As I mentioned in Part 1 of this series, there are two main goals for every music lesson:
Students want to have fun!
How can we make lessons fun and fit in all of those activities and learning experiences that are vital for students to become musicians?
Don't think multiple keyboards and everyone learning Twinkle, Twinkle at the same time. These group performance classes provide opportunities for private students to learn all of those skills you don't have time for in weekly private lessons through fun and engaging group classes.
If you want to know more about why I started group classes and what my students have to say about them, read Part 1 of this series.
Let's look at how these group classes are structured and the logistics of scheduling.
Which of the following do you consider essential for music students of any instrument?
Repertoire, theory, scales, improvisation and chord study, performance preparation, harmonization, playing by ear, composer study, technique exercises, music games, composing.
They say that whatever you spend time on is what you value.
Yikes! My weekly private lessons usually include scales, chords, 2 repertoire pieces, and a theory page. Sometimes we add in another activity such as harmonization or playing from a chord chart. But that's really all we have time for. And yet, I really do value all of those "other skills".
How can you possibly pass on all of the fun, challenging, and motivating knowledge that made teaching music become your passion in only 30 minutes a week?!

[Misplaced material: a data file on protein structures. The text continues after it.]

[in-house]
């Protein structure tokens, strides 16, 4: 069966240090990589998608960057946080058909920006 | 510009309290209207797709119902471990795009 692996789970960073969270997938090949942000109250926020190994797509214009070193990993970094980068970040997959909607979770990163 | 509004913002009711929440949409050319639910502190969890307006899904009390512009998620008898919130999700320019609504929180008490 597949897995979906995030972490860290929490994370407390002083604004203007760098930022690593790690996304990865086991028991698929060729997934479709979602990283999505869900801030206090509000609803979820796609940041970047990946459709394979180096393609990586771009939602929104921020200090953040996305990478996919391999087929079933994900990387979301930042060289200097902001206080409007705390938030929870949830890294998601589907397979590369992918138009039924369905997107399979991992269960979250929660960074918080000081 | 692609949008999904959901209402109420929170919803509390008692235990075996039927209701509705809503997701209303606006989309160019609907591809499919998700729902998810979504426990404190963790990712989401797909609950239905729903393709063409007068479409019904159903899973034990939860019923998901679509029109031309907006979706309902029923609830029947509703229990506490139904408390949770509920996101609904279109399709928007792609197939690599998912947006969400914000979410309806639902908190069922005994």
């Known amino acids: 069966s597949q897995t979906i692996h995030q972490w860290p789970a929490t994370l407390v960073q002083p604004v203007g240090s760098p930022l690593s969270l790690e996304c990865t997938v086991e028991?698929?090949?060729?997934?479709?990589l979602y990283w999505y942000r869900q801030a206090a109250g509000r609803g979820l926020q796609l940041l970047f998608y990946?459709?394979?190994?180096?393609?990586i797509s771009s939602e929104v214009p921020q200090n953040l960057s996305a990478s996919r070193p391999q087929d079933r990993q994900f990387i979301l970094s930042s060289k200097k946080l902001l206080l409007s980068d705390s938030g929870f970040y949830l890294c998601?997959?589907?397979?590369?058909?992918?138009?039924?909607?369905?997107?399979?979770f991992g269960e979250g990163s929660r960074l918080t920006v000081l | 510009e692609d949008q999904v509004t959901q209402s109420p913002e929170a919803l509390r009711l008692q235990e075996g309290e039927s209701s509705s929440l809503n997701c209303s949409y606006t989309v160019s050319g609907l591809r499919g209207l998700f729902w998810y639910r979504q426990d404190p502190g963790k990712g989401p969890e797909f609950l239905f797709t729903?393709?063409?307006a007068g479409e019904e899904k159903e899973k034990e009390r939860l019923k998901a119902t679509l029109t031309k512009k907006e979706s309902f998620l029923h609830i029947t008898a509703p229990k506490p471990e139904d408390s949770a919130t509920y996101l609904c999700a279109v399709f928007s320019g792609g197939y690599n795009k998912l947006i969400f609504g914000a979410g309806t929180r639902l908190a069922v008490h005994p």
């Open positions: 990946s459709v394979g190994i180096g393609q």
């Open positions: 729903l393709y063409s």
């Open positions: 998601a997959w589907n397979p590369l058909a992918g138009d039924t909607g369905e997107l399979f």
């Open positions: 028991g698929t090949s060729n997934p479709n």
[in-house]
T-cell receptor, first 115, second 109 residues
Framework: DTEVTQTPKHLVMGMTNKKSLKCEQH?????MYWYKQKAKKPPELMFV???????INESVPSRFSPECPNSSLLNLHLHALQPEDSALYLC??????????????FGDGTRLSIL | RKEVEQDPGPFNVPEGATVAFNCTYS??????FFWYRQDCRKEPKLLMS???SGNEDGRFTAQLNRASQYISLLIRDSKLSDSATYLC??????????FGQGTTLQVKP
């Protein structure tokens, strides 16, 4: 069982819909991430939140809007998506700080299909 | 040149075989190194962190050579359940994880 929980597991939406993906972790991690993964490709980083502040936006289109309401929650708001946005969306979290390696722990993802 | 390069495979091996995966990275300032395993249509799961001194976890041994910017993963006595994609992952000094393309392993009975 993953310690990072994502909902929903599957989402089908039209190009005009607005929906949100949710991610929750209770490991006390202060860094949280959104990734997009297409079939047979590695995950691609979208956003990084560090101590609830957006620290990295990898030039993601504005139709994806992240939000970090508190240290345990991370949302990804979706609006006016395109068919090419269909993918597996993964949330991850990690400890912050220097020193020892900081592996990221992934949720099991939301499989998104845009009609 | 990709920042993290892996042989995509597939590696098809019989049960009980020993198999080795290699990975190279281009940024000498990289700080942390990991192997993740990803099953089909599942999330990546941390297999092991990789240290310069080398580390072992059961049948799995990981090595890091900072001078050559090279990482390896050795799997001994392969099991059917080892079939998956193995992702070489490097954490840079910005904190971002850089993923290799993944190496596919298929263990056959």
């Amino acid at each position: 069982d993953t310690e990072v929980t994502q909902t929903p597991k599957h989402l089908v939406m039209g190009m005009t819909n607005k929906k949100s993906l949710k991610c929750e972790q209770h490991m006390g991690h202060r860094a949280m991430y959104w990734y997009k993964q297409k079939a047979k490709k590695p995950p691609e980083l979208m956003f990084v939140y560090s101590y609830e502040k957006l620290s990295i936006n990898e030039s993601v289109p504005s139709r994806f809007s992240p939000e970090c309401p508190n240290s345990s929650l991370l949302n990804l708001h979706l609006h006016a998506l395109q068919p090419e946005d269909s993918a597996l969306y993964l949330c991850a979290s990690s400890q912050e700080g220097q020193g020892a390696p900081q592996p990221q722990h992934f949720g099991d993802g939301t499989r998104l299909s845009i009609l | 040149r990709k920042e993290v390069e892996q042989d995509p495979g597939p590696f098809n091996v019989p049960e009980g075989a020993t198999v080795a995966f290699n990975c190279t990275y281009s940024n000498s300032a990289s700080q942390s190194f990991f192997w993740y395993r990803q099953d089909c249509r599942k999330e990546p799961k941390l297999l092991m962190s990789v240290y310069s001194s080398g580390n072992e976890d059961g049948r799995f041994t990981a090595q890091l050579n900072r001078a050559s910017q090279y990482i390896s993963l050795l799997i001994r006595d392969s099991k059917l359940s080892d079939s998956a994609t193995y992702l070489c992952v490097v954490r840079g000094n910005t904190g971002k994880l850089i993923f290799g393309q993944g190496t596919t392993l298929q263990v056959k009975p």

Have you ever thought of group classes? Not the kind where you set up multiple keyboards in a room and each student is forced to play the same piece, no matter if it is too easy or too difficult. This is a whole different animal!
You're tight on money this month and your conversation with the electric company goes something like this:
“You can’t pay your electric bill this month? No problem. You’ve been a loyal customer for three months now, so just mail us a check when you can.”
What utility company would operate their business with a ‘pay when you can’ standard? It's just not going to happen.
Businesses that succeed have good business practices, including timely collection of payments from clients.
So, if you’re hearing something like this from your clients …
“Oh, sorry. I’ll bring you a check next week. I forgot it.”
“We won’t be here next week, so can you adjust our bill?”
“Would you be willing to barter for [fill in the blank]?”
… you can make some simple changes to get paid consistently and on time – every time!
Are you frustrated by multiple absences, cancellations, and even no-shows?
Do you wish students would take their private lessons more seriously and be more considerate of your time?
When I first started teaching, I drove to clients’ homes to teach students private piano and flute lessons. Occasionally, I would show up and no one would be home! Or, I would receive a phone call (the day before, if I was lucky), saying that they needed to cancel (often from the same student multiple times). This meant I would have to sit in my car for 45 minutes, waiting until it was time to drive to the next students’ home. How annoying!
It also resulted in inconsistent income – and that’s really a bummer!
Now, I understand that things come up. Life happens to all of us! But, wouldn’t it be great to have a 99% attendance rate?
Out of 881 lessons taught during the 2018–2019 school year, there were 53 absences (94% attendance rate). However, I only taught 2 make-ups for any of those absences. How many make-ups did you teach?
Back to teaching
I received a call from a church music director a few months after quitting my public school job. He asked if I was interested in teaching private lessons at their church through their conservatory. I told him I needed a break from teaching, but would like to be able to call him in the future.